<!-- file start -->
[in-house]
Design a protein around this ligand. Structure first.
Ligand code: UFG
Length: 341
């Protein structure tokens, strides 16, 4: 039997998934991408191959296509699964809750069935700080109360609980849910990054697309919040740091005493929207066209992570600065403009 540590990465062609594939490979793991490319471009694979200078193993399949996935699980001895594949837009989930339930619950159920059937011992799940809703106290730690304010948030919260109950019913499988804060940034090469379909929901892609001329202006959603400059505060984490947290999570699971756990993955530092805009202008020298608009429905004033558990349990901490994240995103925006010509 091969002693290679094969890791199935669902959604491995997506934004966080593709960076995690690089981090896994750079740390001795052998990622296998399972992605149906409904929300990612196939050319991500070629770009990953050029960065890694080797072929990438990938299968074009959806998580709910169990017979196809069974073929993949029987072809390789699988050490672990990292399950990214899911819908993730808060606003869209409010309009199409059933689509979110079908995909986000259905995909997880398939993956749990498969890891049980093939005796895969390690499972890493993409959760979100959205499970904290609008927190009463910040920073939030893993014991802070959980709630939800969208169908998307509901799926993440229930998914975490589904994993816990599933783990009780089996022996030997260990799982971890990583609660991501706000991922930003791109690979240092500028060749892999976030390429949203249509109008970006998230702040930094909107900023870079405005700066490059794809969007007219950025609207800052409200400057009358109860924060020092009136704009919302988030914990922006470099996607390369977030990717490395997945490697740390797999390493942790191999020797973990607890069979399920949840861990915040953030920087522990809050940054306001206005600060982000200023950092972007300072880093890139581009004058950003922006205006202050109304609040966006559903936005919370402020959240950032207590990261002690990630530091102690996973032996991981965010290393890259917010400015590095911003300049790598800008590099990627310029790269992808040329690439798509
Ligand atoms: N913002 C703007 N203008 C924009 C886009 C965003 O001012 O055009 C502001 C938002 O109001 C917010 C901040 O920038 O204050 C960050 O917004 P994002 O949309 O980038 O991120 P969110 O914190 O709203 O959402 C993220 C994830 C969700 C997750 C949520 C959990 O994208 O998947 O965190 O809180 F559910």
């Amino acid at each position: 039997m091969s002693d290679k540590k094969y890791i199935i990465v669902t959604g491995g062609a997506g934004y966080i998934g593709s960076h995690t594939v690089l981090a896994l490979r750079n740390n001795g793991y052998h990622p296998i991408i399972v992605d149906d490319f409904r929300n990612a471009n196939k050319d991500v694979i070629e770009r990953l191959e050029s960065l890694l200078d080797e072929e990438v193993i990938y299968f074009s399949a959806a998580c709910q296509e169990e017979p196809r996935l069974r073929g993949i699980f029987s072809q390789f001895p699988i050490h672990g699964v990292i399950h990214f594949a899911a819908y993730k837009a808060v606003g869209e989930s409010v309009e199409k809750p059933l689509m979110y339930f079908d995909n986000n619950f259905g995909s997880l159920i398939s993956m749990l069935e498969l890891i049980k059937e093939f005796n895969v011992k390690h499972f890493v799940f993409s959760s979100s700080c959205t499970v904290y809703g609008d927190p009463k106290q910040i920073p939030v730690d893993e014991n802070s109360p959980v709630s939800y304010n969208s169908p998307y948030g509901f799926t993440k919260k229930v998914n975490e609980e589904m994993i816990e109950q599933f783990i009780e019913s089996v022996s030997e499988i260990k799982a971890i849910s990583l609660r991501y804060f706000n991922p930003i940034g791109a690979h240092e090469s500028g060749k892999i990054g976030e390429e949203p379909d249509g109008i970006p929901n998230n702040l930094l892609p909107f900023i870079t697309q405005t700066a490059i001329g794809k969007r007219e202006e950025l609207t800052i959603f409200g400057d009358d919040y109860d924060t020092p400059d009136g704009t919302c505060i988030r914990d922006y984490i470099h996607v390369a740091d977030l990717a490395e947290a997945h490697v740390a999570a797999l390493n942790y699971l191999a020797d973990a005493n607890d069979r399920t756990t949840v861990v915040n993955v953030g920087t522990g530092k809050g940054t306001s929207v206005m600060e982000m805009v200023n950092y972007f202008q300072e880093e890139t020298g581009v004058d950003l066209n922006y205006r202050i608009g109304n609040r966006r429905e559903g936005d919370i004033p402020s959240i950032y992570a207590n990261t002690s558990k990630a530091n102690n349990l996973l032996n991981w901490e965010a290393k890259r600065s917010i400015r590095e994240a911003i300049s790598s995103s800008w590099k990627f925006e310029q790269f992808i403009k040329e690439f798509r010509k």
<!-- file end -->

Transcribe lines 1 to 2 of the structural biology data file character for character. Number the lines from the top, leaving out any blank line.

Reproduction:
[in-house]
Design a protein around this ligand. Structure first.